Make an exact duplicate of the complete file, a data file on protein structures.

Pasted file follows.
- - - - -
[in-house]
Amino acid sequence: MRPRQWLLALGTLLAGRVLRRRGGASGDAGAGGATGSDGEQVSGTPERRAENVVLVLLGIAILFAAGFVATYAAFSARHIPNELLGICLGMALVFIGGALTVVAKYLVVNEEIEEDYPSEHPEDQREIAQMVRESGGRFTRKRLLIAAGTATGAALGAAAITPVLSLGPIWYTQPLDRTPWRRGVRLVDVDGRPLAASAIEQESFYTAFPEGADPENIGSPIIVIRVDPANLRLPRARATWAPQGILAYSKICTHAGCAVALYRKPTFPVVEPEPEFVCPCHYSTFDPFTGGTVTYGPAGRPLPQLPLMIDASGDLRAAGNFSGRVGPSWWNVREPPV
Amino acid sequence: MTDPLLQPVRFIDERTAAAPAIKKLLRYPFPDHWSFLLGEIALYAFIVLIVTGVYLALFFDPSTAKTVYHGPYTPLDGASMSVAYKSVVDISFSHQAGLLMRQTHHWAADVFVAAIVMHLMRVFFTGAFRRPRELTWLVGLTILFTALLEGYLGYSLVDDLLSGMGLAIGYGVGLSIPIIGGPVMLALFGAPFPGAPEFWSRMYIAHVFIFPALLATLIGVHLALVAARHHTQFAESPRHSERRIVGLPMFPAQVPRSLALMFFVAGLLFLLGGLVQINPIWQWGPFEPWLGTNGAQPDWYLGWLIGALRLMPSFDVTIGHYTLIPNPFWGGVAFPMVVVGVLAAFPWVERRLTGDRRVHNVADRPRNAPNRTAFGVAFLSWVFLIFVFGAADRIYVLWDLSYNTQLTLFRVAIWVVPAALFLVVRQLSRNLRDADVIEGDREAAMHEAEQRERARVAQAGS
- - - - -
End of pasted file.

[in-house]
Amino acid sequence: MRPRQWLLALGTLLAGRVLRRRGGASGDAGAGGATGSDGEQVSGTPERRAENVVLVLLGIAILFAAGFVATYAAFSARHIPNELLGICLGMALVFIGGALTVVAKYLVVNEEIEEDYPSEHPEDQREIAQMVRESGGRFTRKRLLIAAGTATGAALGAAAITPVLSLGPIWYTQPLDRTPWRRGVRLVDVDGRPLAASAIEQESFYTAFPEGADPENIGSPIIVIRVDPANLRLPRARATWAPQGILAYSKICTHAGCAVALYRKPTFPVVEPEPEFVCPCHYSTFDPFTGGTVTYGPAGRPLPQLPLMIDASGDLRAAGNFSGRVGPSWWNVREPPV
Amino acid sequence: MTDPLLQPVRFIDERTAAAPAIKKLLRYPFPDHWSFLLGEIALYAFIVLIVTGVYLALFFDPSTAKTVYHGPYTPLDGASMSVAYKSVVDISFSHQAGLLMRQTHHWAADVFVAAIVMHLMRVFFTGAFRRPRELTWLVGLTILFTALLEGYLGYSLVDDLLSGMGLAIGYGVGLSIPIIGGPVMLALFGAPFPGAPEFWSRMYIAHVFIFPALLATLIGVHLALVAARHHTQFAESPRHSERRIVGLPMFPAQVPRSLALMFFVAGLLFLLGGLVQINPIWQWGPFEPWLGTNGAQPDWYLGWLIGALRLMPSFDVTIGHYTLIPNPFWGGVAFPMVVVGVLAAFPWVERRLTGDRRVHNVADRPRNAPNRTAFGVAFLSWVFLIFVFGAADRIYVLWDLSYNTQLTLFRVAIWVVPAALFLVVRQLSRNLRDADVIEGDREAAMHEAEQRERARVAQAGS